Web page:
Vegans have grown a bad reputation because (or so the stereotype goes) they’d call out anyone eating meat — citing that meat is bad for animal welfare or climate reasons. They’re right, of course, but nobody wants to hear it.
Yet like-minded businesses have sought to sell soy burgers or start ecological supermarkets, to take on conventional supermarkets. They are yet to grow beyond a tiny niche.
The actual work is done by companies like The Vegetarian Butcher and Impossible Foods, that take on a whole different approach. They work together with — not against — chains like Burger King and supermarkets, serving meat imitations instead of meat replacements.
And they don’t tell us that eating meat is bad. They’ve just made a better version of it, because they know you like meat and it’ll be hard to make you stop eating it.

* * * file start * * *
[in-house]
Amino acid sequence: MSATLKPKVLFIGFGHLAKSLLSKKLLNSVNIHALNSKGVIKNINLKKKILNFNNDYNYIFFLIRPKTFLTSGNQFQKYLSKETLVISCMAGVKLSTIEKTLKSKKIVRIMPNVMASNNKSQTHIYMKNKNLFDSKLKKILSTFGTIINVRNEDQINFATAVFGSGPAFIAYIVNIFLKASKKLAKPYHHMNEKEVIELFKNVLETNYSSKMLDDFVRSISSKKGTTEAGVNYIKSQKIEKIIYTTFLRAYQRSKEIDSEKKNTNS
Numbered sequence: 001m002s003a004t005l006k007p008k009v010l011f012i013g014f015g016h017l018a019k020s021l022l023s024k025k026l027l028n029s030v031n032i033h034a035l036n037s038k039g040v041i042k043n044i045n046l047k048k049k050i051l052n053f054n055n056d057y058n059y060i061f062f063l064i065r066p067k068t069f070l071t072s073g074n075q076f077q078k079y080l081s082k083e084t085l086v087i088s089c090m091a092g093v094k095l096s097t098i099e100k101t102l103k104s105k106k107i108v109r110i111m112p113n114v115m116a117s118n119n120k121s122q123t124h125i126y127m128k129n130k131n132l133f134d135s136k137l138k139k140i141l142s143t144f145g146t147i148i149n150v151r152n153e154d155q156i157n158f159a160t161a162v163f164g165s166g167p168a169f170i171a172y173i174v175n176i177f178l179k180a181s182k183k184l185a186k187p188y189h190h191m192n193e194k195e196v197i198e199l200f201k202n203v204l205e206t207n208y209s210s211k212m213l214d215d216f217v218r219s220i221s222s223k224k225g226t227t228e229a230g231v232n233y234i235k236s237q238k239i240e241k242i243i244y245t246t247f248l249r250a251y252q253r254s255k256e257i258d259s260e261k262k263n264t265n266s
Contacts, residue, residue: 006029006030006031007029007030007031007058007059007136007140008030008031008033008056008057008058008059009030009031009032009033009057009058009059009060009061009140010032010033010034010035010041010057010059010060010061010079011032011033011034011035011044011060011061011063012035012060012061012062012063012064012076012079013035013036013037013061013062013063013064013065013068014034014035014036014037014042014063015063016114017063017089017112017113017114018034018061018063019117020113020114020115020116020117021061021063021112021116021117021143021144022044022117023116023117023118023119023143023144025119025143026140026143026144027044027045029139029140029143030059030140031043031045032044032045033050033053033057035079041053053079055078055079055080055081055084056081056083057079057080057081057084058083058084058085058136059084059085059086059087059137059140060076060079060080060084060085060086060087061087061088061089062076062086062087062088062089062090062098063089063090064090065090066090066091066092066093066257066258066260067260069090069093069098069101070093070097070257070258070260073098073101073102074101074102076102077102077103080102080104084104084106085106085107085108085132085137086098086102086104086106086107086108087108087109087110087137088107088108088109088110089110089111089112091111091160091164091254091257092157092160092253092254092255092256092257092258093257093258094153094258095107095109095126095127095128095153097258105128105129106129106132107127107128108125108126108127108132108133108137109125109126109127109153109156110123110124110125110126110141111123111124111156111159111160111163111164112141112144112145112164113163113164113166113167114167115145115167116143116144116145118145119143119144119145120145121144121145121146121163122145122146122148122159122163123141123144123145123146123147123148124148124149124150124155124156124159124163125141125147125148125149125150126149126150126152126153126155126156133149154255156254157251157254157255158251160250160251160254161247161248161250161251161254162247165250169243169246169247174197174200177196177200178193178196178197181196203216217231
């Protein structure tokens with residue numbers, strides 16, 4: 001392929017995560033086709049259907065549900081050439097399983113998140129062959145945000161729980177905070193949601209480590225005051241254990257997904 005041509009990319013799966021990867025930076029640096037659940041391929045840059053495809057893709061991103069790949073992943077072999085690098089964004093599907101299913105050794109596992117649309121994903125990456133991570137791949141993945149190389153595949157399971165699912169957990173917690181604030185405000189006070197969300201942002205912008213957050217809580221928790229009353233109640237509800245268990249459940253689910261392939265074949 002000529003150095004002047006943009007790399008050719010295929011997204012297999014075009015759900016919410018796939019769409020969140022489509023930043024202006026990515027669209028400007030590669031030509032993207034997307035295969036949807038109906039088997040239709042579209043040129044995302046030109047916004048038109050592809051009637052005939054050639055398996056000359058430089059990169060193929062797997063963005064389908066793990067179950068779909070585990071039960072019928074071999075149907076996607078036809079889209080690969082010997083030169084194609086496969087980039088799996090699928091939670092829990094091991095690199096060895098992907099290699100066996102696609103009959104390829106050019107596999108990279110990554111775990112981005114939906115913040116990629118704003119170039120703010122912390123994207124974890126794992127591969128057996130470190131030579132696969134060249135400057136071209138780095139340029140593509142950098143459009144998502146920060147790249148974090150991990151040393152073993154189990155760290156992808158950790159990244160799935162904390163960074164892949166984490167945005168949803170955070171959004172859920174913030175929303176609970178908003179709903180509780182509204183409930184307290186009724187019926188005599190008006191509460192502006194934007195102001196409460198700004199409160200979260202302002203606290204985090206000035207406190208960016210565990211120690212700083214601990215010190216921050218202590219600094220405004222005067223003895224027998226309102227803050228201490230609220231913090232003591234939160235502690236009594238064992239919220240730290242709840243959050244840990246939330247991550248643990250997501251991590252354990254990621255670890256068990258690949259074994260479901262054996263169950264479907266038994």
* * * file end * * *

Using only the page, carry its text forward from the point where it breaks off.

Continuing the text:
It’s a whole different game. They practice judo while the environmental movement is doing karate.
Karate is attacking an object or person at full-force — punching and kicking. Meanwhile judo (which translates into “gentle way”) uses the opponent’s energy and momentum. It’s often a more effective way of getting what you want, making use of inertia already there.
I think the world needs more grappling and less punching. If anything, it brings us all much closer too.